“There were several aspects of Bill’s life and work that marked him out as exceptional. He had studied theology and taught in the Religious Studies department at what was then WSIHE, now the University of Chichester. Transferring to the English department, which he would eventually co-lead with Dr Isla Duncan, he brought a different – ‘hermeneutic’ – dimension to the curriculum. He designed and taught two very popular courses on modern literary theory titled ‘Schools of Suspicion’, modules repeatedly praised by external examiners as rich, challenging and cutting edge. These courses, and his growing interest in the fantastic in literature, proved just a part of Bill’s distinctive contribution to the intellectual life of the university. It was Bill’s exceptional grasp of complex ideas, and his ability to communicate them in his lectures and his books with clarity and elegance that made him such an admired teacher.
Bill was a quietly spoken man, perhaps a bit shy, and sometimes a little waspish. Yet he would never sting. He was never impolite or ungenerous. His passion lay, in part, in an absorbed contemplation of the rich powers of the human imagination. One day, he would walk in to work with a copy of Jekyll and Hyde under his arm. The next day, we’d see him carrying Kant’s Critique of Pure Reason, a 600 page tome from the eighteenth century. The following day, he’d be interrupted in his office reading Tolkien. All those students lucky enough to have been taught by him understood that Bill ‘knew his stuff’ – and his colleagues understood it too.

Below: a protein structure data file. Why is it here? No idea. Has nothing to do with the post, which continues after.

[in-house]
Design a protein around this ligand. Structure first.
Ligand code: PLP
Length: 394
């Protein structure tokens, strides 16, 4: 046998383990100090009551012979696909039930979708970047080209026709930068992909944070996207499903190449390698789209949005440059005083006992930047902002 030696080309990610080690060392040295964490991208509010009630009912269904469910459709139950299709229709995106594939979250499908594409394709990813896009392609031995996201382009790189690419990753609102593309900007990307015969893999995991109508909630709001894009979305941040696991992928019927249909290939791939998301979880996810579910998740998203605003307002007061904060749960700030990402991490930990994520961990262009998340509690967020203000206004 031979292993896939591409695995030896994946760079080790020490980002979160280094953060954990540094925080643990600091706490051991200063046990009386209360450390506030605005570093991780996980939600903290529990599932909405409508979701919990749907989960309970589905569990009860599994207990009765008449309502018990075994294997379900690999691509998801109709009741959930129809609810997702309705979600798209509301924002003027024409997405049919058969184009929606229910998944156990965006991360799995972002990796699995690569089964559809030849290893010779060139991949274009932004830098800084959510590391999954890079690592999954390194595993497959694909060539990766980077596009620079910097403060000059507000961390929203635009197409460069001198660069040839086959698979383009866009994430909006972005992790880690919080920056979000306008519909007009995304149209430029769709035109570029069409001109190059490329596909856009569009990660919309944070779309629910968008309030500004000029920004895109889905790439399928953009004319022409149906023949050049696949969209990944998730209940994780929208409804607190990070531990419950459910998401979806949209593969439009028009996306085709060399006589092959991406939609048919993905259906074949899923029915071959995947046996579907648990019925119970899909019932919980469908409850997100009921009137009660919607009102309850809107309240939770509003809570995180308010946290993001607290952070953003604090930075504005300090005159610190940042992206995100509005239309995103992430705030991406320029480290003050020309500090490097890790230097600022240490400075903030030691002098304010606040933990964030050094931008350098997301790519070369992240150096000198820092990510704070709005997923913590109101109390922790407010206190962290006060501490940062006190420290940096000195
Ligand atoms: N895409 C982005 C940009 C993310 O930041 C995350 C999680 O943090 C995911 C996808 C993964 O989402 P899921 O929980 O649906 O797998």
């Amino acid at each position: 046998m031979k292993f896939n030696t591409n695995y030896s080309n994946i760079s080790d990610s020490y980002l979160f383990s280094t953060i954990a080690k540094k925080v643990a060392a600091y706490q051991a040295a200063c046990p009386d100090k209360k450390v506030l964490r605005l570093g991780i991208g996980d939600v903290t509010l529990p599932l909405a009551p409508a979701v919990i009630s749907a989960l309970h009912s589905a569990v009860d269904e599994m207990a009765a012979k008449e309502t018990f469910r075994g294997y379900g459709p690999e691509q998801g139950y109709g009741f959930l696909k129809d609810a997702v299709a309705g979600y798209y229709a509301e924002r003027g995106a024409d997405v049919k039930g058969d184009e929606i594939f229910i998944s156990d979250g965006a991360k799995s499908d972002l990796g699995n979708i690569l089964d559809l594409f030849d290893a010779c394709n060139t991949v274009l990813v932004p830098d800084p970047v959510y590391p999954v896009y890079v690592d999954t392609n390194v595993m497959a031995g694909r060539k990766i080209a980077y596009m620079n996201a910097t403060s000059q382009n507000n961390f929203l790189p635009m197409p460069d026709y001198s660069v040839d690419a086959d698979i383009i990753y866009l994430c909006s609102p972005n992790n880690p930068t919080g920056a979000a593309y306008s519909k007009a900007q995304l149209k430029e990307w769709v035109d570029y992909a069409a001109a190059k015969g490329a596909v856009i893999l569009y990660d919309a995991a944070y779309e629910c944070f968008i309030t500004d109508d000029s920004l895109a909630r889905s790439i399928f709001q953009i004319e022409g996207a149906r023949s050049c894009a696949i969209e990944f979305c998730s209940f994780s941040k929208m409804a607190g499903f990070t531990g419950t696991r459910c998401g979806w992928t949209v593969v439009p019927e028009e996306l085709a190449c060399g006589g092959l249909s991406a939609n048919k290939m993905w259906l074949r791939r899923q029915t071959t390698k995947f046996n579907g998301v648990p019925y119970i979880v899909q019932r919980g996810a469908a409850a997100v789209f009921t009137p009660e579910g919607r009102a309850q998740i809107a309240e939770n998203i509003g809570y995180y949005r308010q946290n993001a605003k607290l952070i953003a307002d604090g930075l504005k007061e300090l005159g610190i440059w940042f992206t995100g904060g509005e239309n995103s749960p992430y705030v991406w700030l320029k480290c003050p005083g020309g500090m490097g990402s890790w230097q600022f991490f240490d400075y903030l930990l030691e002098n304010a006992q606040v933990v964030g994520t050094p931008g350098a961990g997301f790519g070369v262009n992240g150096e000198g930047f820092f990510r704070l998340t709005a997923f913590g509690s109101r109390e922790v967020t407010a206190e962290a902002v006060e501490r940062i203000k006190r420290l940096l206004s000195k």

That Bill knew his stuff was amply borne out by the success of his pioneering Sussex Centre for Folklore, Fairy Tales and Fantasy, now under a new title. This centre produced some astonishing work. It attracted a substantial number of postgraduates, published scholarly articles in the journal ‘Gramarye’, and hosted a series of lectures by prestigious speakers including Marina Warner and Jacqueline Simpson. The centre was dedicated to exploring something Bill valued immensely – the life of the mind.